ChrisRackauckas on nudge_factor
fix function redefinition (compare)
github-actions[bot] on v5.58.0
ChrisRackauckas on nudge_factor
Fix nudge direction (compare)
ChrisRackauckas on mtk
ChrisRackauckas on master
WIP: Generalize modelingtoolkit… add modelingtoolkitize test for… remove show and 2 more (compare)
ChrisRackauckas on master
Update Project.toml (compare)
ChrisRackauckas on dae_reshape
ChrisRackauckas on master
Allow non-vector DAEs Fixes ht… fix up resids Merge pull request #1428 from S… (compare)
ChrisRackauckas on nudge_factor
add more test info (compare)
affect!
by updating my integrator.u
(which is a DEDataVector
tracking some other data as well, so essentially integrator.u.event_trigger_idx = length(integrator.sol.t)
) and just taking the unique values in the resulting [u.event_trigger_idx for u in solution]
.
Hey ! I started using DifferentialsEquations recently and I have some small questions : I am trying to solve a simple ODE (a ball in a particular potential) but the potential I need to use is given to me as a .npy file. My workaround has been for now to interpolate the given array and compute the gradient in the derivative function.
const tstart = 0.0
const tend = 1e-5
const tstep = 5e-8
trap = npzread("somefile.npy")
x = npzread("somefile2.npy")
z = npzread("somefile3.npy")
# linear interpolation
interpolated_potential = LinearInterpolation((x, z), trap,extrapolation_bc=0)
function evolve(dz,z,p,t)
p₁, p₂, q₁, q₂ = z[1], z[2], z[3], z[4]
dp₁,dp₂ = -Interpolations.gradient(interpolated_potential,q₁,q₂)
dq₁ = p₁
dq₂ = p₂
dz .= [dp₁, dp₂, dq₁, dq₂]
return nothing
end
probl_func = ODEFunction(evolve,syms=[:vx,:vy,:x,:y])
function condition(u,t,integrator)
u[3]>=x[end] || u[3]<=x[1] || u[4]>=z[end] || u[4]<=z[1]
end
function affect!(integrator)
terminate!(integrator)
end
cb = DiscreteCallback(condition,affect!)
u₀ = [randvelocity()...,randpos()...]
probl = ODEProblem(probl_func, u₀, (tstart, tend))
sol = solve(probl, Vern9(),dt=tstep, abstol=1e-6, reltol=1e-6,adaptive=false,callback = cb)
However I run in some issues: When/If the ball is leaving the interpolated region, it throws an error. I tried to catch it with the callback, but for some reason, for some initial conditions it still crashes. Also I got a lot of allocations from the call to gradient in the derivative function it seems...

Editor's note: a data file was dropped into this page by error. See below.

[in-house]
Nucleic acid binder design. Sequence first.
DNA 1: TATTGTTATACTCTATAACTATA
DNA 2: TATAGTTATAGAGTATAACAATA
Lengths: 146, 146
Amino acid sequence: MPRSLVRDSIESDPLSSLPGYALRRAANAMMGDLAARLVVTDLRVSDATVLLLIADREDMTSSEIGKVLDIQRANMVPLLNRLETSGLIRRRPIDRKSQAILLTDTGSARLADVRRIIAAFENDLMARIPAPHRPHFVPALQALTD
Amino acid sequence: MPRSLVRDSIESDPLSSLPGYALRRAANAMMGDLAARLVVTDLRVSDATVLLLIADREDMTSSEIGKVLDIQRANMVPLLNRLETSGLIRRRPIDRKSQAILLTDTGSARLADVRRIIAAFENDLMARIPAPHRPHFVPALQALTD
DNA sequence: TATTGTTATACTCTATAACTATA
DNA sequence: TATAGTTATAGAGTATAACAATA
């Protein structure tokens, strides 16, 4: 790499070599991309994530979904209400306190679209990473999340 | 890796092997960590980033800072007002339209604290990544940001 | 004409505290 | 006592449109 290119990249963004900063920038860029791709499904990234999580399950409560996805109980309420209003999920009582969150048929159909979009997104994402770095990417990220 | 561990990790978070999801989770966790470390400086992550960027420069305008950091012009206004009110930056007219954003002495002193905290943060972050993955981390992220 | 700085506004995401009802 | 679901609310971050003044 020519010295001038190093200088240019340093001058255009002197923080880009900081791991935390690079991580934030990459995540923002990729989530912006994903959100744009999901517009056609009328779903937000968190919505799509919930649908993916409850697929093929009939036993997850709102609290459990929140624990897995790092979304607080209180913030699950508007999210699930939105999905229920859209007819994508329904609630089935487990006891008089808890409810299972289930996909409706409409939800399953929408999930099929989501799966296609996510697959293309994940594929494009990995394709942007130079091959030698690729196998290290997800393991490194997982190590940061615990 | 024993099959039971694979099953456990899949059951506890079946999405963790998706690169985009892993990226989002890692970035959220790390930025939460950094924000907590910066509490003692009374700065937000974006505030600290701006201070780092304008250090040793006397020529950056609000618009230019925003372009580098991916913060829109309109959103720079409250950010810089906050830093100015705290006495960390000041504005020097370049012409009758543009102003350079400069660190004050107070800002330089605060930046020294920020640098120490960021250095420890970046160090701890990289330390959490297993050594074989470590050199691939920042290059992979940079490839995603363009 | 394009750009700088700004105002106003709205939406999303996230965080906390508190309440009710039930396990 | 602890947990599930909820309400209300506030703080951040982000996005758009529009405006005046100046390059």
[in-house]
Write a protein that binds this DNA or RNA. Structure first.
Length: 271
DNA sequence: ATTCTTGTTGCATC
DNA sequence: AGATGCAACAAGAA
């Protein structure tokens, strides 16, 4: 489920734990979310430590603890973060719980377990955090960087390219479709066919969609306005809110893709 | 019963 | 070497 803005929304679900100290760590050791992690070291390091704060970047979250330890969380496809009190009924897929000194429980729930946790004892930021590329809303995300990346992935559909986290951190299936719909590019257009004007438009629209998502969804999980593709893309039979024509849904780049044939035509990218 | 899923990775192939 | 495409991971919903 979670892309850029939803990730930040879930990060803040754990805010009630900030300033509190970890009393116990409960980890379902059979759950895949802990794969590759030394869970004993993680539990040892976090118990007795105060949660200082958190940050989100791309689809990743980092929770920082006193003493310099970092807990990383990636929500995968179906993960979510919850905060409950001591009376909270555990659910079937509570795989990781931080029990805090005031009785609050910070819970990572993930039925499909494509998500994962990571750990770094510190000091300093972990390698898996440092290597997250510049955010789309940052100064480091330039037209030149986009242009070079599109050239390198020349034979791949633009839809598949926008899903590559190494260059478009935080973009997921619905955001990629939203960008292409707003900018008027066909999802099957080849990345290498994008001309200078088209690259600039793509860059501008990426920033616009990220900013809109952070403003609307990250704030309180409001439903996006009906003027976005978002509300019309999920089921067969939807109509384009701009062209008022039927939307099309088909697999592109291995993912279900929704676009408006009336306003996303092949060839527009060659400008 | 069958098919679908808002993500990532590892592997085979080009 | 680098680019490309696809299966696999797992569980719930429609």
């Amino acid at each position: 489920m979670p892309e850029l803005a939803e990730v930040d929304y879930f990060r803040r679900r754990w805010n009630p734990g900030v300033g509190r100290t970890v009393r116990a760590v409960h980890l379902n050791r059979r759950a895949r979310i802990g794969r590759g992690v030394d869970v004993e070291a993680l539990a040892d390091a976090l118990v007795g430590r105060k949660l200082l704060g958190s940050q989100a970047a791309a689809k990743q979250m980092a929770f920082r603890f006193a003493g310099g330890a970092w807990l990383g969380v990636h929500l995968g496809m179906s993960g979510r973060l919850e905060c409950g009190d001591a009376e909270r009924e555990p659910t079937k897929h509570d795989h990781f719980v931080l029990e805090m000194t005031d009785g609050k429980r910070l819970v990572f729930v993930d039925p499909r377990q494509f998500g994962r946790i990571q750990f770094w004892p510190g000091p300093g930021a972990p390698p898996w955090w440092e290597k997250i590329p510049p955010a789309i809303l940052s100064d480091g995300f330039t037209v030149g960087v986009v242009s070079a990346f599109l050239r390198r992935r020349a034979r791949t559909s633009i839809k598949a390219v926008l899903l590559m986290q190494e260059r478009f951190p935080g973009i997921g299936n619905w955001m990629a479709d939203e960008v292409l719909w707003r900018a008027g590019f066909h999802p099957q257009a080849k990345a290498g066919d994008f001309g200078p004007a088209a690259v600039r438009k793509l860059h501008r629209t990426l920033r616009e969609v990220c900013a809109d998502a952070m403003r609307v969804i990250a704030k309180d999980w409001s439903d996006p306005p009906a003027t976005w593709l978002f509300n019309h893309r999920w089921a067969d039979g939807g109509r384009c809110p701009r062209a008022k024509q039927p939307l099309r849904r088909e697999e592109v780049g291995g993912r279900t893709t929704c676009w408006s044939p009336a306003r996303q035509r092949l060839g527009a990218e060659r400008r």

Is there a better way to deal with this problem ?
[slack] <torkel.loman> That would be cool, never actually heard of canard explosions, but if you have the code for it and that model I'd love to check it out. Tried to figure out what they were, and had a look at this one: http://www.scholarpedia.org/article/Canards Is that a good summary of the phenomena (or do you have some other reference you'd recommend)?
Concerning the API. I think the probably is that it is quite heavy, especially for someone who is not very familiar with this kind of stuff. Generally I often have this problem with the BifurcationKit docs (I guess one problem is that this is inherently not that simple, and that it is a powerful package with rather large capabilities). Things sometimes gets rather overwhelming, e.g. following https://rveltz.github.io/BifurcationKit.jl/dev/tutorials3/#Brusselator-1d-(automatic)-1 to get some help with periodic orbits, there's a lot of stuff there! Initially I was just looking for something very simple (going from a system function+jacobian and a parameter range, to a plot of the bifurcation points and the periodic orbits). But looking through that tutorial, I'm not even really sure what all the plots mean, and what their output are (in this case I'm more interested in the non-spatial case, which probably is a bit different).